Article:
Why do my legs ache after exercising

It is a common incident for someone who has just finished a heavy exercise routine to experience discomfort and aches in the target muscle group. There are more than just one reason to this and the most common reason is the lack of regular exercise or the lack of practice. When a person decides to take up exercising and starts with it, he/she is bound to experience a lot of muscle ache at the beginning because the muscles are unconditioned or in other words, not used to going through so much effort. Now, if you have worked on your legs in the gym or have started to cycle a lot recently, the ache you are experiencing is a result of inactive leg muscles becoming overactive all of a sudden. In order to stay fit and also to make your legs active again, you need to continue with the exercise in spite of the pain. After a while, pain or soreness of this sort will not be experienced anymore. Lack of proper stretching both before and after your exercise routine can also increase the intensity and duration of the soreness. Stretching your muscles is essential for speeding up the blood flow in and out of the muscle and it also relaxes hardened muscles in order to facilitate growth and reduce stiffness and pain.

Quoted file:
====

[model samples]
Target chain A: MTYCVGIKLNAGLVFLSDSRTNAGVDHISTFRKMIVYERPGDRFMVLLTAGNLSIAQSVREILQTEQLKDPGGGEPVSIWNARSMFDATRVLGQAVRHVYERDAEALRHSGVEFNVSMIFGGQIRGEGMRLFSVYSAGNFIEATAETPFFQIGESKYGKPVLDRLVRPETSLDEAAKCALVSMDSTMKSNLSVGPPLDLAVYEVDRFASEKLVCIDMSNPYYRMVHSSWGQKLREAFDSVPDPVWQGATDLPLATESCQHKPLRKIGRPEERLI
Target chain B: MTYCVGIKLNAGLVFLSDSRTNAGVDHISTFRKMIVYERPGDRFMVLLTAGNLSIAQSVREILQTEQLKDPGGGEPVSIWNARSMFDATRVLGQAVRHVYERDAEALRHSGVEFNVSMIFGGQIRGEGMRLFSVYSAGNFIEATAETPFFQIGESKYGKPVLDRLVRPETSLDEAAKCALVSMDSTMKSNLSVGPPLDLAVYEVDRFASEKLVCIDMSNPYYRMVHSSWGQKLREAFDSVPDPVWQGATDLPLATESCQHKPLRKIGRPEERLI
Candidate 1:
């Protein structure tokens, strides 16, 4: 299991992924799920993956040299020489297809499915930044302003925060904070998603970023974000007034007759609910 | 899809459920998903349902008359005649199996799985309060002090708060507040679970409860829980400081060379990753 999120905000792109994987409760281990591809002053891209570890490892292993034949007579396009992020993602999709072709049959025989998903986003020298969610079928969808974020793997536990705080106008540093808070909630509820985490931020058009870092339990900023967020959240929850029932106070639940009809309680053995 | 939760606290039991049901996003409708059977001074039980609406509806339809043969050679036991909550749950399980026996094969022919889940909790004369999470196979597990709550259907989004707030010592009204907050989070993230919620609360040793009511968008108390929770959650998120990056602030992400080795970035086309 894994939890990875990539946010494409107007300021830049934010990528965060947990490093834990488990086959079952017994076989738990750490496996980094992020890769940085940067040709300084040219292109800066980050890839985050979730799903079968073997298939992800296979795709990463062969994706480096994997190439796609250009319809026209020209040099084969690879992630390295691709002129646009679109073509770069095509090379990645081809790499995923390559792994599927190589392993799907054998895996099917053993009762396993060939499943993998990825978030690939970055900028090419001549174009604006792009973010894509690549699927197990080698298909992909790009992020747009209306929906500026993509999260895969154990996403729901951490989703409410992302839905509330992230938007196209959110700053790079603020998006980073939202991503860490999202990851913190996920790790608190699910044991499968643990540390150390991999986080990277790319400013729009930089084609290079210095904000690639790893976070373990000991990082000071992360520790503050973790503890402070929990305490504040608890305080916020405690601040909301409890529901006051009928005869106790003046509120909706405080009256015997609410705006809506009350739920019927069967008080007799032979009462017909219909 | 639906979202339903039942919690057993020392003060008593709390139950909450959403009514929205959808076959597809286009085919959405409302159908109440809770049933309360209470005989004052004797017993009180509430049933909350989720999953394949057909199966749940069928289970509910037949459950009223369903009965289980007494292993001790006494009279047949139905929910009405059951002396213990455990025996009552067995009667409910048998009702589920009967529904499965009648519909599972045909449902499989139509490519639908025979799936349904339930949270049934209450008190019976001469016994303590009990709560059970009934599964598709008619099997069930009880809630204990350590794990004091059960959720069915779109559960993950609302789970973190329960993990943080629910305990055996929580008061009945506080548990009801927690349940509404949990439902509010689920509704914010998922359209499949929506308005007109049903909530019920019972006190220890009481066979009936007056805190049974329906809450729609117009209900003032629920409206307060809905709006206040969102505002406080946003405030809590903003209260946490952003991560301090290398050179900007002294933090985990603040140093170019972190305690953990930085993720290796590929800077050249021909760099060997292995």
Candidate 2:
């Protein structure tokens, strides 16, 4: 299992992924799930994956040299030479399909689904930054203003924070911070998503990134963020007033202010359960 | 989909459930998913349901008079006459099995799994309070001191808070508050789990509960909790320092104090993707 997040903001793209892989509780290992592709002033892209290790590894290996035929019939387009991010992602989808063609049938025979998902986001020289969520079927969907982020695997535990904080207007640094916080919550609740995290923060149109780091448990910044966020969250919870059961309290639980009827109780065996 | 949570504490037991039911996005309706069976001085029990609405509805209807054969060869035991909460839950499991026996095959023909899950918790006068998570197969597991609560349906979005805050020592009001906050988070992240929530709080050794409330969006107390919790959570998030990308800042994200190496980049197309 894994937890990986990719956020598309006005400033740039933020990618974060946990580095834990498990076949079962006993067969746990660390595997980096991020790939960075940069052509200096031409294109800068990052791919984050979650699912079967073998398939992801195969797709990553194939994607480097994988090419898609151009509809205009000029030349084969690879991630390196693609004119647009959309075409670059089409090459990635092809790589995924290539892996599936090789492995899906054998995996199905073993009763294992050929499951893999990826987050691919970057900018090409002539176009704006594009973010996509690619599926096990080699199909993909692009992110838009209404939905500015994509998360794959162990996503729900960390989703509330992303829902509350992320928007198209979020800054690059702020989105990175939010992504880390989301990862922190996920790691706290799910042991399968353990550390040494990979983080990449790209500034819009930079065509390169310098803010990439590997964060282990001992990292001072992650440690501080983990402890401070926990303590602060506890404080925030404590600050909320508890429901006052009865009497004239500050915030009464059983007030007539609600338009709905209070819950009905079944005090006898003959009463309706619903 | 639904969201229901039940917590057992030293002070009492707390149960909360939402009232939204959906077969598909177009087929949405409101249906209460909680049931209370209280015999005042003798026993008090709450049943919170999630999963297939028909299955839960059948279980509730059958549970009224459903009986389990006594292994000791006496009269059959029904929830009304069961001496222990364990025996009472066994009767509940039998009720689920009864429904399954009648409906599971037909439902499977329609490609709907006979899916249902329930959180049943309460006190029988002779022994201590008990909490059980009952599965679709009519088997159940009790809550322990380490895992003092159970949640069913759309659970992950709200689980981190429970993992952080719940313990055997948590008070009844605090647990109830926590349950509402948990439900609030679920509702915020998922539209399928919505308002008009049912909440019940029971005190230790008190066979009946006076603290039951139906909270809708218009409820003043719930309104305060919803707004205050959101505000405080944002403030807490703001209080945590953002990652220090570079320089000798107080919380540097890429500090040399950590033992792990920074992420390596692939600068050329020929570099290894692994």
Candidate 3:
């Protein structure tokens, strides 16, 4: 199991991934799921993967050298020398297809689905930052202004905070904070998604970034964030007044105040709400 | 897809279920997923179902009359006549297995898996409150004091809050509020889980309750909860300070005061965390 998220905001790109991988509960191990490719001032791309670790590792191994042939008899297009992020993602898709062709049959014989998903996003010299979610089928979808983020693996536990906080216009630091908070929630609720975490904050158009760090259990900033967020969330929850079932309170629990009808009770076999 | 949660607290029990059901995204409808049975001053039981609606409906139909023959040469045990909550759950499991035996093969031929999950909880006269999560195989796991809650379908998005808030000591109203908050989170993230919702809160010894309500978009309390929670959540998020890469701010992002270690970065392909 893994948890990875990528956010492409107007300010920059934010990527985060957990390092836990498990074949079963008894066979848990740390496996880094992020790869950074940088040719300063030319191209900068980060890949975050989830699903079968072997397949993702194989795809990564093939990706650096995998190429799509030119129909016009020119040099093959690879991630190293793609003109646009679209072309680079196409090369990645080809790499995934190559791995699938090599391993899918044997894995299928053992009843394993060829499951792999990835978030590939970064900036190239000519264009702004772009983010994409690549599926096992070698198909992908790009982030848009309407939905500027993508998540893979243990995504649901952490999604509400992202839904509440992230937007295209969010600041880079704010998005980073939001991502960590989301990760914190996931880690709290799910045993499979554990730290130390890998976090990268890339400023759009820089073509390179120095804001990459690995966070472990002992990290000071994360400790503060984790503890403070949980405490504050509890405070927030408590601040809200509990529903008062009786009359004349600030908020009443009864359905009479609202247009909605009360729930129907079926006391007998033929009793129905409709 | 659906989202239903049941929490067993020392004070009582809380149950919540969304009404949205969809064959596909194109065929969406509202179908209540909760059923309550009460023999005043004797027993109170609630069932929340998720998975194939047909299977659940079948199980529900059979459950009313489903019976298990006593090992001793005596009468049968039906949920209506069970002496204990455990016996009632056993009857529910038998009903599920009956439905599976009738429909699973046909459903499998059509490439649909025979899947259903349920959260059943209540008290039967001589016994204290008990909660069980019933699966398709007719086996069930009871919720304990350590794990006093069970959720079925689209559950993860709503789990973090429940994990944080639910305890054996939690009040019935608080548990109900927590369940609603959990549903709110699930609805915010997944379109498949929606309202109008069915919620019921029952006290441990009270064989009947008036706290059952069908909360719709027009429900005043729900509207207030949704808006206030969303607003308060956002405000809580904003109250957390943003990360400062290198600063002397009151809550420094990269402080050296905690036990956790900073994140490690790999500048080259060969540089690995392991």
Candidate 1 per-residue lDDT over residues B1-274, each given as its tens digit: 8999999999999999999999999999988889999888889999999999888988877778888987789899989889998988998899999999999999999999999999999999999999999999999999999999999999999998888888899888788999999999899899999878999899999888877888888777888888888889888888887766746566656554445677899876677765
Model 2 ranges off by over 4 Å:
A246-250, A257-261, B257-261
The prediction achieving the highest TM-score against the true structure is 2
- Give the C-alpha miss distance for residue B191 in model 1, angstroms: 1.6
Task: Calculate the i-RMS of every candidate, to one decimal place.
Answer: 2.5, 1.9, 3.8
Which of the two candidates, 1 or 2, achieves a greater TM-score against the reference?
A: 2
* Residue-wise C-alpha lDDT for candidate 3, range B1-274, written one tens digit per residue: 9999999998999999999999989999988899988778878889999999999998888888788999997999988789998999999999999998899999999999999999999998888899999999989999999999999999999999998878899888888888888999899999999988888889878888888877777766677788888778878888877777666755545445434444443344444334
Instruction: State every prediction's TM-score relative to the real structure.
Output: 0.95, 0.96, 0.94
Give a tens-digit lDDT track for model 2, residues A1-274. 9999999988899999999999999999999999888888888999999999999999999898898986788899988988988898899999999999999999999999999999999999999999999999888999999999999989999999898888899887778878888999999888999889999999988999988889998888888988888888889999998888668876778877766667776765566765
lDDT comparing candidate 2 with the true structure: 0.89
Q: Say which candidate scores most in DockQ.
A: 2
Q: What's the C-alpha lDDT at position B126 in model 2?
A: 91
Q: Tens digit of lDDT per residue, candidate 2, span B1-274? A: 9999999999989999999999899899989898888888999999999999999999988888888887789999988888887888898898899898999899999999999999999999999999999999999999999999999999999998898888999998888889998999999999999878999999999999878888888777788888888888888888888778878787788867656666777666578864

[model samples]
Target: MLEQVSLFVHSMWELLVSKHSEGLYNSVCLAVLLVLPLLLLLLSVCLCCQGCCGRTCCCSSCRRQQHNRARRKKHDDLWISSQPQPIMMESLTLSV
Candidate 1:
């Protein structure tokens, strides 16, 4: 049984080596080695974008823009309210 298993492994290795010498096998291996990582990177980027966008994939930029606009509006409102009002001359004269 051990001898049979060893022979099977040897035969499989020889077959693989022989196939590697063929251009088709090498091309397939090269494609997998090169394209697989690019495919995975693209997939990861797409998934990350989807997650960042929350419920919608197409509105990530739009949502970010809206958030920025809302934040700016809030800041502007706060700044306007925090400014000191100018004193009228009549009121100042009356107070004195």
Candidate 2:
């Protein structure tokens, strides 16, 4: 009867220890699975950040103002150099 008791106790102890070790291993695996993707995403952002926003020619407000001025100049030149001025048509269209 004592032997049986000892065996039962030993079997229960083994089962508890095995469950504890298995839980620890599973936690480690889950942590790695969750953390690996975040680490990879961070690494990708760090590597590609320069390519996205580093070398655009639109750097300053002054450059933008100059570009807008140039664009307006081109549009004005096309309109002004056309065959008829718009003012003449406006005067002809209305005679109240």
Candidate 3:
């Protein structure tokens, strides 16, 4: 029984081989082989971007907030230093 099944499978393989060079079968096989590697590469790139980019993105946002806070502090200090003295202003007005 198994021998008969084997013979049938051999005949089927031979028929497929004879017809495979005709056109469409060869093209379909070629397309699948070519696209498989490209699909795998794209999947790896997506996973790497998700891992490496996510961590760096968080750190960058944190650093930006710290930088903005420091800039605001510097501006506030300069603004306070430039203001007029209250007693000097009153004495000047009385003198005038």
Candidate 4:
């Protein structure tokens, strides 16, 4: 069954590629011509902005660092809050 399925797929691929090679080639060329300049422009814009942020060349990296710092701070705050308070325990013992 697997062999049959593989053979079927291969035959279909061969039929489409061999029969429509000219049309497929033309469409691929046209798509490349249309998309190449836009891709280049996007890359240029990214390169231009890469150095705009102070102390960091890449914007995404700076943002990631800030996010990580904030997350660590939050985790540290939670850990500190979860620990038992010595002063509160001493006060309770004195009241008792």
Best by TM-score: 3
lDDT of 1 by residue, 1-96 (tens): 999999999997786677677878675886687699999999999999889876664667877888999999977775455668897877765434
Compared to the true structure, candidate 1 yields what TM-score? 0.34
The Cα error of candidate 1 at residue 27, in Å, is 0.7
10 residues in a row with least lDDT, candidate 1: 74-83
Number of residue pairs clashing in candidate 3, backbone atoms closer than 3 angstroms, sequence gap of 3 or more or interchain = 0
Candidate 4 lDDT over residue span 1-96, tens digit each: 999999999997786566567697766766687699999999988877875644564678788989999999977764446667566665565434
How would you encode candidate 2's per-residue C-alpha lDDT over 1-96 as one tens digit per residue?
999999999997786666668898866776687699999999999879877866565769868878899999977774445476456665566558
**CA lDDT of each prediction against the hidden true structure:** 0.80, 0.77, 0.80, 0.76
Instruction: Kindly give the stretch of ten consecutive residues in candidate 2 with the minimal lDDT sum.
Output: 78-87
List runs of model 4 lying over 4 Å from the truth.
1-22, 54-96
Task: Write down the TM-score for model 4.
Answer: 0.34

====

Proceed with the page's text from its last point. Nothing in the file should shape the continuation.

It was believed earlier that the lactic acid build up within the muscles was responsible for the post-exercise soreness, but in 2006, the theory was opposed and it was stated that lactic acid is only responsible for the pain that we feel during and immediately after the session and not after that.

Muscle strain can be the reason for the post-exercise aches that one might experience. This phenomenon is known as the Delayed Onset Muscle Soreness or DOMS. DOMS hits a beginner the hardest, but even conditioned athletes with years of professional training can experience it from time to time. Stretching, yoga, light exercises and massages are the best ways to relive yourself from the DOMS as these help keep the blood and energy flow constant to the sore leg muscles.